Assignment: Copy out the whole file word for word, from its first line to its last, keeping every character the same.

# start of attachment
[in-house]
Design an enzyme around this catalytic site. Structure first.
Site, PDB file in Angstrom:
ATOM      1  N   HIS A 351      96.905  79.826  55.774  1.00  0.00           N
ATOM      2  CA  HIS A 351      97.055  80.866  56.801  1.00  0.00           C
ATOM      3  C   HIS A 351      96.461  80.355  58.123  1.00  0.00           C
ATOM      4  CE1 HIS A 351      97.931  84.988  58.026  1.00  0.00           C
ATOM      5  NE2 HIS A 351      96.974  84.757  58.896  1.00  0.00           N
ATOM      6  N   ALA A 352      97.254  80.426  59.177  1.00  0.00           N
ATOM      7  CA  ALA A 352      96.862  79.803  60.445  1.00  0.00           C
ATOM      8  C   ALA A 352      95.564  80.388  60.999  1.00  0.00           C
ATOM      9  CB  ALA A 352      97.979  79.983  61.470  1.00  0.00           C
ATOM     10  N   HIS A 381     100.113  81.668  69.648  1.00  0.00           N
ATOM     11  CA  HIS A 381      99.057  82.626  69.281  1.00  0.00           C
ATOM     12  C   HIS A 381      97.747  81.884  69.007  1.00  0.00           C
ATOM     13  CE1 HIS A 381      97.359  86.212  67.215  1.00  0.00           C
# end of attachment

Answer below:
[in-house]
Design an enzyme around this catalytic site. Structure first.
Site, PDB file in Angstrom:
ATOM      1  N   HIS A 351      96.905  79.826  55.774  1.00  0.00           N
ATOM      2  CA  HIS A 351      97.055  80.866  56.801  1.00  0.00           C
ATOM      3  C   HIS A 351      96.461  80.355  58.123  1.00  0.00           C
ATOM      4  CE1 HIS A 351      97.931  84.988  58.026  1.00  0.00           C
ATOM      5  NE2 HIS A 351      96.974  84.757  58.896  1.00  0.00           N
ATOM      6  N   ALA A 352      97.254  80.426  59.177  1.00  0.00           N
ATOM      7  CA  ALA A 352      96.862  79.803  60.445  1.00  0.00           C
ATOM      8  C   ALA A 352      95.564  80.388  60.999  1.00  0.00           C
ATOM      9  CB  ALA A 352      97.979  79.983  61.470  1.00  0.00           C
ATOM     10  N   HIS A 381     100.113  81.668  69.648  1.00  0.00           N
ATOM     11  CA  HIS A 381      99.057  82.626  69.281  1.00  0.00           C
ATOM     12  C   HIS A 381      97.747  81.884  69.007  1.00  0.00           C
ATOM     13  CE1 HIS A 381      97.359  86.212  67.215  1.00  0.00           C